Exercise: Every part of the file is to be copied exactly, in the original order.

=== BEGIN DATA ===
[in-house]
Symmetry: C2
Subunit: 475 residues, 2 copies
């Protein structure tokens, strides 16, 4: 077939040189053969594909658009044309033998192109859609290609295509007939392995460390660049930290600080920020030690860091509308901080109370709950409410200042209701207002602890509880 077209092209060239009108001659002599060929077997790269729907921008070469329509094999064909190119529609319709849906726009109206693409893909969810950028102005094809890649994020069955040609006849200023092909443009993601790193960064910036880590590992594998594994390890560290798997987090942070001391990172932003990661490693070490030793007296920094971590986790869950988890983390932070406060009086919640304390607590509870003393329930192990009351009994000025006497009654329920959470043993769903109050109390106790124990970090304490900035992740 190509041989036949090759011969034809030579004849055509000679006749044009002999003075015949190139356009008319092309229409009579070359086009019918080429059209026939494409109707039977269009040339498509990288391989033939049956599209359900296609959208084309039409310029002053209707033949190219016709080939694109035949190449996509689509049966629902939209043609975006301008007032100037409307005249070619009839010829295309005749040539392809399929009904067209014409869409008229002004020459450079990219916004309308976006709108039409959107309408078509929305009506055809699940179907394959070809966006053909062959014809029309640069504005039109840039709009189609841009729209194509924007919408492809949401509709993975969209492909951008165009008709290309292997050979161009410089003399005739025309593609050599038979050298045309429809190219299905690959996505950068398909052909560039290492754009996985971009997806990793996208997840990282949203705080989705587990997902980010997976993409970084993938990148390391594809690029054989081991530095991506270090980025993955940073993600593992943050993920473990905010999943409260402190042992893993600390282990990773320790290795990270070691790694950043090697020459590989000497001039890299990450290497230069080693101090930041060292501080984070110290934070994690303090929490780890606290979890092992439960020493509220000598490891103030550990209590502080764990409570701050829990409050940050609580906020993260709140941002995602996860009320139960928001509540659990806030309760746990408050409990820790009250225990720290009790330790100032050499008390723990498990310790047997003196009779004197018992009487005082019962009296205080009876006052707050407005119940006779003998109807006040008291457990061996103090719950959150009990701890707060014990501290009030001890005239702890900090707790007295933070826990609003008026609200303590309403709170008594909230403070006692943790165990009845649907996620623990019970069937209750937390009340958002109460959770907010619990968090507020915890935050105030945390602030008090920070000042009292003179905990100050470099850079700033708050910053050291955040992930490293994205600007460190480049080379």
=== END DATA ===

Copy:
[in-house]
Symmetry: C2
Subunit: 475 residues, 2 copies
């Protein structure tokens, strides 16, 4: 077939040189053969594909658009044309033998192109859609290609295509007939392995460390660049930290600080920020030690860091509308901080109370709950409410200042209701207002602890509880 077209092209060239009108001659002599060929077997790269729907921008070469329509094999064909190119529609319709849906726009109206693409893909969810950028102005094809890649994020069955040609006849200023092909443009993601790193960064910036880590590992594998594994390890560290798997987090942070001391990172932003990661490693070490030793007296920094971590986790869950988890983390932070406060009086919640304390607590509870003393329930192990009351009994000025006497009654329920959470043993769903109050109390106790124990970090304490900035992740 190509041989036949090759011969034809030579004849055509000679006749044009002999003075015949190139356009008319092309229409009579070359086009019918080429059209026939494409109707039977269009040339498509990288391989033939049956599209359900296609959208084309039409310029002053209707033949190219016709080939694109035949190449996509689509049966629902939209043609975006301008007032100037409307005249070619009839010829295309005749040539392809399929009904067209014409869409008229002004020459450079990219916004309308976006709108039409959107309408078509929305009506055809699940179907394959070809966006053909062959014809029309640069504005039109840039709009189609841009729209194509924007919408492809949401509709993975969209492909951008165009008709290309292997050979161009410089003399005739025309593609050599038979050298045309429809190219299905690959996505950068398909052909560039290492754009996985971009997806990793996208997840990282949203705080989705587990997902980010997976993409970084993938990148390391594809690029054989081991530095991506270090980025993955940073993600593992943050993920473990905010999943409260402190042992893993600390282990990773320790290795990270070691790694950043090697020459590989000497001039890299990450290497230069080693101090930041060292501080984070110290934070994690303090929490780890606290979890092992439960020493509220000598490891103030550990209590502080764990409570701050829990409050940050609580906020993260709140941002995602996860009320139960928001509540659990806030309760746990408050409990820790009250225990720290009790330790100032050499008390723990498990310790047997003196009779004197018992009487005082019962009296205080009876006052707050407005119940006779003998109807006040008291457990061996103090719950959150009990701890707060014990501290009030001890005239702890900090707790007295933070826990609003008026609200303590309403709170008594909230403070006692943790165990009845649907996620623990019970069937209750937390009340958002109460959770907010619990968090507020915890935050105030945390602030008090920070000042009292003179905990100050470099850079700033708050910053050291955040992930490293994205600007460190480049080379």